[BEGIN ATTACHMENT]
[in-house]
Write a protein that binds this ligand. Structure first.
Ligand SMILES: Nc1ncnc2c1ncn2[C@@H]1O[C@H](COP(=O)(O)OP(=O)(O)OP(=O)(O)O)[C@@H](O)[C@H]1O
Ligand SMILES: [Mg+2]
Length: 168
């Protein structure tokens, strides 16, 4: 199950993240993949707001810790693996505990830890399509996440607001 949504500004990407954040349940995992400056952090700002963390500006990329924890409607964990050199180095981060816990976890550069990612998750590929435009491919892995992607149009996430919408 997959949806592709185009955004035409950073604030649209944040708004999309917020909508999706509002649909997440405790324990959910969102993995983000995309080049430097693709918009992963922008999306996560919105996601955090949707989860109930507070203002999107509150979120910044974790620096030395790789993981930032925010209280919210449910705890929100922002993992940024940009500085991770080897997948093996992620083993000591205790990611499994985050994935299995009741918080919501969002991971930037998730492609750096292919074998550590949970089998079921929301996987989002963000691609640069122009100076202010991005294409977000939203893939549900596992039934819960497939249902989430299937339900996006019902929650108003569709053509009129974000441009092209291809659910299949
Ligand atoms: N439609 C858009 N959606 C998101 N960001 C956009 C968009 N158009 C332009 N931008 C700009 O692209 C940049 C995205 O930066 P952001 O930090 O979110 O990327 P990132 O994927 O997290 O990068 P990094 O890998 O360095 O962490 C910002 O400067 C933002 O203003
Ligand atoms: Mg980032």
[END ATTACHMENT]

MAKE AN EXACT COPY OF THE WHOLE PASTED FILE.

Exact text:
[in-house]
Write a protein that binds this ligand. Structure first.
Ligand SMILES: Nc1ncnc2c1ncn2[C@@H]1O[C@H](COP(=O)(O)OP(=O)(O)OP(=O)(O)O)[C@@H](O)[C@H]1O
Ligand SMILES: [Mg+2]
Length: 168
């Protein structure tokens, strides 16, 4: 199950993240993949707001810790693996505990830890399509996440607001 949504500004990407954040349940995992400056952090700002963390500006990329924890409607964990050199180095981060816990976890550069990612998750590929435009491919892995992607149009996430919408 997959949806592709185009955004035409950073604030649209944040708004999309917020909508999706509002649909997440405790324990959910969102993995983000995309080049430097693709918009992963922008999306996560919105996601955090949707989860109930507070203002999107509150979120910044974790620096030395790789993981930032925010209280919210449910705890929100922002993992940024940009500085991770080897997948093996992620083993000591205790990611499994985050994935299995009741918080919501969002991971930037998730492609750096292919074998550590949970089998079921929301996987989002963000691609640069122009100076202010991005294409977000939203893939549900596992039934819960497939249902989430299937339900996006019902929650108003569709053509009129974000441009092209291809659910299949
Ligand atoms: N439609 C858009 N959606 C998101 N960001 C956009 C968009 N158009 C332009 N931008 C700009 O692209 C940049 C995205 O930066 P952001 O930090 O979110 O990327 P990132 O994927 O997290 O990068 P990094 O890998 O360095 O962490 C910002 O400067 C933002 O203003
Ligand atoms: Mg980032």